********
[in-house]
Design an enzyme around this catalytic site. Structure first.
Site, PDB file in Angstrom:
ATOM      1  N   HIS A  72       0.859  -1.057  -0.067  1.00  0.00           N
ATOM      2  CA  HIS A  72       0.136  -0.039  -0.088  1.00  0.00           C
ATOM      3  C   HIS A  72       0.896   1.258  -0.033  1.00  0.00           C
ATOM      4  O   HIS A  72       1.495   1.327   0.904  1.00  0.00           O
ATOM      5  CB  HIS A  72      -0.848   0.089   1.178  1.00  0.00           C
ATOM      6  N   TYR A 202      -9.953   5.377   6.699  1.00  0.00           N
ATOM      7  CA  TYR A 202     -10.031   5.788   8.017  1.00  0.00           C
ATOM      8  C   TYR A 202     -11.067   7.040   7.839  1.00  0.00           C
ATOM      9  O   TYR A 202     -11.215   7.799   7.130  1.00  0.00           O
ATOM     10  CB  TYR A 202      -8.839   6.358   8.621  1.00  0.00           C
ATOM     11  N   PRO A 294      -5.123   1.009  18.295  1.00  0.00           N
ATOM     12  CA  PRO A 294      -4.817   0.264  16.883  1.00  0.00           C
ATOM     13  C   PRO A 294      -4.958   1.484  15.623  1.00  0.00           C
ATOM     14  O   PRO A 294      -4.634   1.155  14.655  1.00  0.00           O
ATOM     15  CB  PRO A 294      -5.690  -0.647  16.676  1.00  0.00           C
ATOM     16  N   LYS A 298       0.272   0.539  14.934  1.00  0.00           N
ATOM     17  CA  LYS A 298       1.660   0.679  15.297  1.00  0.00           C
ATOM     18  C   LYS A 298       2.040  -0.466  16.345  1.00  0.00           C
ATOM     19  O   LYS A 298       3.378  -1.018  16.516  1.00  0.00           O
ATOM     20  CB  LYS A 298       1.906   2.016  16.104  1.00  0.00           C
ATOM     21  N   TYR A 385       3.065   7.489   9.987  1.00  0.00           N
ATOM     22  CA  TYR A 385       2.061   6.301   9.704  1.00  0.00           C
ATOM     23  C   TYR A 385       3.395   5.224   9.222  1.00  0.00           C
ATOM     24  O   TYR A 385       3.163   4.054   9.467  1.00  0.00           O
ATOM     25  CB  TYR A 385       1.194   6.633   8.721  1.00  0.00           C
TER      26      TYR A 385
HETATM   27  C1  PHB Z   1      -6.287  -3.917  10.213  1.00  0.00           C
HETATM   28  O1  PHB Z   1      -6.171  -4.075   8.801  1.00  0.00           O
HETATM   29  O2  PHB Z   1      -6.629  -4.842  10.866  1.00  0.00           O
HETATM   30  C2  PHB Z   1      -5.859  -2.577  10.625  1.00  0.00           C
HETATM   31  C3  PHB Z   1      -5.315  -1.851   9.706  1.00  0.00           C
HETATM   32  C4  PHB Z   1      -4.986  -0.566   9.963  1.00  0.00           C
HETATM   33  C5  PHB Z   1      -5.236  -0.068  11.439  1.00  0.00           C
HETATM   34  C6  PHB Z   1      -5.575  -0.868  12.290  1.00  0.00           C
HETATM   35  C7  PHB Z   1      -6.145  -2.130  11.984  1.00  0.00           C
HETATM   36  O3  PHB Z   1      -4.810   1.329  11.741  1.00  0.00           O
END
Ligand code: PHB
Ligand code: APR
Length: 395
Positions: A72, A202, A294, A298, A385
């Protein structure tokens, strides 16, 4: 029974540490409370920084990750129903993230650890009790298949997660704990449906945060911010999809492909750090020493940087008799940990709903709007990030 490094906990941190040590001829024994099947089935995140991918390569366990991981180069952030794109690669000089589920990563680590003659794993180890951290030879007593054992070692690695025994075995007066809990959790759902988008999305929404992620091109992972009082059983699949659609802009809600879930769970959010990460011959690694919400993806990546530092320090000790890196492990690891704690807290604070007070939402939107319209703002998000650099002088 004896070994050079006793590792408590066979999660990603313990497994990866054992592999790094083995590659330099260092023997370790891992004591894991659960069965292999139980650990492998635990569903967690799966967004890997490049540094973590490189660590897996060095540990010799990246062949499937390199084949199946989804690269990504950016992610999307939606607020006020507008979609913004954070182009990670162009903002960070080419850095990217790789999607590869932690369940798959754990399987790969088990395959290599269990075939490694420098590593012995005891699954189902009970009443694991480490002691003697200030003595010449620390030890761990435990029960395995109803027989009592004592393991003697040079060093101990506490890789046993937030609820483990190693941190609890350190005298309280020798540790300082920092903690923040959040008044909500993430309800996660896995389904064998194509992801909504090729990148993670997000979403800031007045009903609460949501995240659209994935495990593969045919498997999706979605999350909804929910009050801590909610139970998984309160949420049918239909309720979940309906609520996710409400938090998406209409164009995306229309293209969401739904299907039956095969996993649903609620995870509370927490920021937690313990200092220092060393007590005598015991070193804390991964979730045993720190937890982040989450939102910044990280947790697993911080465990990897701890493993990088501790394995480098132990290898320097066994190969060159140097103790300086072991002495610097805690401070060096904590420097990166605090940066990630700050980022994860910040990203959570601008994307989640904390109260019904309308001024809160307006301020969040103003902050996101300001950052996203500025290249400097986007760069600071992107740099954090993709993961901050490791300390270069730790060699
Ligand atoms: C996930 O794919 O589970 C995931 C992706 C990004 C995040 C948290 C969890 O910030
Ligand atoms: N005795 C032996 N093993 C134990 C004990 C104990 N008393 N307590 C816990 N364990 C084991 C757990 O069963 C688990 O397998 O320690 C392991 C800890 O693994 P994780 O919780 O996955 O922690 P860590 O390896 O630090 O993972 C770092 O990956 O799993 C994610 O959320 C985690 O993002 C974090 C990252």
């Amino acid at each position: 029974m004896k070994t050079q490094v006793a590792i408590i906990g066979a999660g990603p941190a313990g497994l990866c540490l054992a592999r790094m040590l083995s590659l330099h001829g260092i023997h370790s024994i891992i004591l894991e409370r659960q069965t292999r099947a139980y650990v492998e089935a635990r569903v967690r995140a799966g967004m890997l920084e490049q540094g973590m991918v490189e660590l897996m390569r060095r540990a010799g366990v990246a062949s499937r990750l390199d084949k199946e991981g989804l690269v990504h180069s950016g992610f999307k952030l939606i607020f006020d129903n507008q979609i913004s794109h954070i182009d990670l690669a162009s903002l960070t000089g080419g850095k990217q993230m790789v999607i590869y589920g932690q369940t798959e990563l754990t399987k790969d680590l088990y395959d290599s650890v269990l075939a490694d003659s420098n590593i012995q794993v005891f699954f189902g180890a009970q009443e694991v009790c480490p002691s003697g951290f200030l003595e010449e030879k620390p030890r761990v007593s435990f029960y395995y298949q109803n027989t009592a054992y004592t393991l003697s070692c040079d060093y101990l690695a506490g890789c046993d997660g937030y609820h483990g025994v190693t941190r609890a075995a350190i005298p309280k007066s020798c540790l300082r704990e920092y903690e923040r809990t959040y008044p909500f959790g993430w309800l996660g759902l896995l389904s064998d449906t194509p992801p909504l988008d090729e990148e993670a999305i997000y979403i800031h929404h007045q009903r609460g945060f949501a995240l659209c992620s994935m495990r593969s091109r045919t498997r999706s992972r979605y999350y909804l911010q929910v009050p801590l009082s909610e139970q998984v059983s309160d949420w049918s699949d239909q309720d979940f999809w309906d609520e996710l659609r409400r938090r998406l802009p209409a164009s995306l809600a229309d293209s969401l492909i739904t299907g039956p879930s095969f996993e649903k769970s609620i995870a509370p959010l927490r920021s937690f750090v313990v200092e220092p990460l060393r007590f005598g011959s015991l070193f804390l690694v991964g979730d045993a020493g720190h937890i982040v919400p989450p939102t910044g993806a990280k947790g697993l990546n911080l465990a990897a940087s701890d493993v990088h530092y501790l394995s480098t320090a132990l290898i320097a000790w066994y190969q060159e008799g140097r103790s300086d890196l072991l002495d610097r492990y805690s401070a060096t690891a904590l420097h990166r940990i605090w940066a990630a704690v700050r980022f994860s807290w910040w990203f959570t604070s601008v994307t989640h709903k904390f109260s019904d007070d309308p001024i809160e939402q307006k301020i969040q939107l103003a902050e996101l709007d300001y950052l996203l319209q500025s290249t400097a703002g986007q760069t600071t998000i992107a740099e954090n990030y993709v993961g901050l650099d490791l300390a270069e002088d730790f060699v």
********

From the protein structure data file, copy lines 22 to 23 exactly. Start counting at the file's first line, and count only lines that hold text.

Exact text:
ATOM     19  O   LYS A 298       3.378  -1.018  16.516  1.00  0.00           O
ATOM     20  CB  LYS A 298       1.906   2.016  16.104  1.00  0.00           C